Greece! How the Church Lost the Way
Although I’ve never watched the musical Grease! from the clips I’ve seen I think I’ve been able to piece together the basic story line. Any fans out there will have to correct me if I’m wrong but it appears to me that the story could be summed up thus: nice girl meets bad boy; nice girl falls in love with bad boy; bad boy corrupts nice girl.
Steve Maltz’s latest book How the Church Lost the Way could be called Greece! His basic thesis is that in the early centuries of Christianity: good Jewish faith (Christianity) met bad Greek thought; good Jewish faith fell in love with Greek thought; Jewish faith was corrupted by Greek thought. Maltz argues with clarity, insight and humour, that very early in its history the Christian faith, which was rooted and grounded in the Hebrew Scriptures and a Jewish worldview, was squeezed into a Greek mould. Instead of engaging with and challenging prevailing Greek thought, the church fathers allowed it to influence them.
This is no novel claim. Church historians recognise that at the Councils of the early church, notably Nicea in 325, the presuppositions of the major schools of Greek philosophy were brought to bear on major doctrinal debates. I seriously doubt that the fourth century Arian controversy would have occurred if the church had continued to think “Jewishly”.
In answering Arius, the heretical presbyter of Alexandria, the Council of Nicea defined the relationship of the Son to the Father in abstruse philosophical categories rather than in exclusively biblical terms. Although the Nicean Creed has served as a useful and substantially correct statement of faith for sixteen hundred years, some scholars with impeccable orthodox credentials, like Calvinist professor of philosophy Paul Helm, are now questioning the biblical accuracy of some Nicean terminology.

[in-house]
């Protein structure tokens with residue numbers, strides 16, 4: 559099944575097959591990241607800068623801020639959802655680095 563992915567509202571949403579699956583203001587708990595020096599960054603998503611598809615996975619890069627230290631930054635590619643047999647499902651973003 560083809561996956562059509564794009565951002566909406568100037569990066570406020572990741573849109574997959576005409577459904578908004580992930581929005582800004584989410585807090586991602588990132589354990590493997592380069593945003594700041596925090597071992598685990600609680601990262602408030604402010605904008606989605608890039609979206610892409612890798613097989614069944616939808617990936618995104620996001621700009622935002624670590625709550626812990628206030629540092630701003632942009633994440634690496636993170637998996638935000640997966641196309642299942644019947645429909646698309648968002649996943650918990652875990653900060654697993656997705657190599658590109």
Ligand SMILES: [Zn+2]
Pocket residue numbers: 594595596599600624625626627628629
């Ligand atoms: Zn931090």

Like Maltz’s earlier books, How the Church Lost the Way is an easy, even entertaining, read in which he introduces us to, amongst other things, the major ideas of the Greek philosophers, early church history, allegorical interpretations of The Wizard of Oz, the Hebrew language, Jewish methods of interpreting the Bible, the Jewish origins of Superman, a Jewish prayer for going to the toilet and an overview of the biblical festivals! Unlike some others who have dealt with the same subject, Maltz does not claim that the
concepts of the Trinity or hell or the immortality of the soul are pagan, nor does he, as a Messianic Jew, call us to leave our churches and don prayer shawls. The full title of the book is How the Church Lost the Way and How it Can Find it Again. Maltz is not simply tearing-down, he is also concerned to build up. He attends a Christian church and has a passion not only to see Gentile Christians grasp the Jewishness of the Faith but also to see Jews and Gentiles demonstrating the New Testament goal of being "one new man" in Messiah.
In a book of this nature there are bound to be over-simplifications and over-statements and there are bound to be claims with which readers will take issue. Maltz knows this and has set up an online forum where the topics raised in the book can be discussed. I wish this stimulating little book had been around when I was beginning to study theology. But, as they say, “Better late than never”.
How the Church Lost the Way
This article first appeared in the Sept–Nov 2009 issue of the Herald